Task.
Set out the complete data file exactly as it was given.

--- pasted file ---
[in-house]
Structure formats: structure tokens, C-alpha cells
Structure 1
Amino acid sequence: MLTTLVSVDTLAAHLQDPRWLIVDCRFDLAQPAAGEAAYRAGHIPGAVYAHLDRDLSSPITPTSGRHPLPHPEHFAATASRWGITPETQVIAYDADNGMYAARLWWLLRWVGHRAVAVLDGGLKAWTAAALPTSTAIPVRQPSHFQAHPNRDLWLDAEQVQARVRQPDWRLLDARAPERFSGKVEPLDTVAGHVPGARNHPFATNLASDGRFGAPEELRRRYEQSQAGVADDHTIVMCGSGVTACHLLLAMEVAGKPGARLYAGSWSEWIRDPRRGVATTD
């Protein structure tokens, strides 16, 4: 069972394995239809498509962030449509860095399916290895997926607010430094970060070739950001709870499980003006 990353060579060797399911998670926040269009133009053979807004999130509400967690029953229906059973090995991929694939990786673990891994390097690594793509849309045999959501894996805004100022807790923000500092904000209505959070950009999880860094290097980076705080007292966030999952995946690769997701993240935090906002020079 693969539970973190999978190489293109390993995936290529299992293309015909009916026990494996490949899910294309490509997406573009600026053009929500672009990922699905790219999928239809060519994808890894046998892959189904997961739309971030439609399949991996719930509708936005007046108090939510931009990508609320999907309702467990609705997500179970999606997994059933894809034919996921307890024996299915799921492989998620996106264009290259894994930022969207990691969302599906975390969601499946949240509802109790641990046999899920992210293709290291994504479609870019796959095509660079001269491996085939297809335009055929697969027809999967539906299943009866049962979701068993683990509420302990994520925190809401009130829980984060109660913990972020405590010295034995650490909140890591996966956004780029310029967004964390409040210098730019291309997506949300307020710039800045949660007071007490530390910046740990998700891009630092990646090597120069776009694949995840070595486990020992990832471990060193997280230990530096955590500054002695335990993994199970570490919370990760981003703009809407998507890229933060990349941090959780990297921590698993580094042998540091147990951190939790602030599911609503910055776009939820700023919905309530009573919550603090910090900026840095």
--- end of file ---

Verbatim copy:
[in-house]
Structure formats: structure tokens, C-alpha cells
Structure 1
Amino acid sequence: MLTTLVSVDTLAAHLQDPRWLIVDCRFDLAQPAAGEAAYRAGHIPGAVYAHLDRDLSSPITPTSGRHPLPHPEHFAATASRWGITPETQVIAYDADNGMYAARLWWLLRWVGHRAVAVLDGGLKAWTAAALPTSTAIPVRQPSHFQAHPNRDLWLDAEQVQARVRQPDWRLLDARAPERFSGKVEPLDTVAGHVPGARNHPFATNLASDGRFGAPEELRRRYEQSQAGVADDHTIVMCGSGVTACHLLLAMEVAGKPGARLYAGSWSEWIRDPRRGVATTD
């Protein structure tokens, strides 16, 4: 069972394995239809498509962030449509860095399916290895997926607010430094970060070739950001709870499980003006 990353060579060797399911998670926040269009133009053979807004999130509400967690029953229906059973090995991929694939990786673990891994390097690594793509849309045999959501894996805004100022807790923000500092904000209505959070950009999880860094290097980076705080007292966030999952995946690769997701993240935090906002020079 693969539970973190999978190489293109390993995936290529299992293309015909009916026990494996490949899910294309490509997406573009600026053009929500672009990922699905790219999928239809060519994808890894046998892959189904997961739309971030439609399949991996719930509708936005007046108090939510931009990508609320999907309702467990609705997500179970999606997994059933894809034919996921307890024996299915799921492989998620996106264009290259894994930022969207990691969302599906975390969601499946949240509802109790641990046999899920992210293709290291994504479609870019796959095509660079001269491996085939297809335009055929697969027809999967539906299943009866049962979701068993683990509420302990994520925190809401009130829980984060109660913990972020405590010295034995650490909140890591996966956004780029310029967004964390409040210098730019291309997506949300307020710039800045949660007071007490530390910046740990998700891009630092990646090597120069776009694949995840070595486990020992990832471990060193997280230990530096955590500054002695335990993994199970570490919370990760981003703009809407998507890229933060990349941090959780990297921590698993580094042998540091147990951190939790602030599911609503910055776009939820700023919905309530009573919550603090910090900026840095």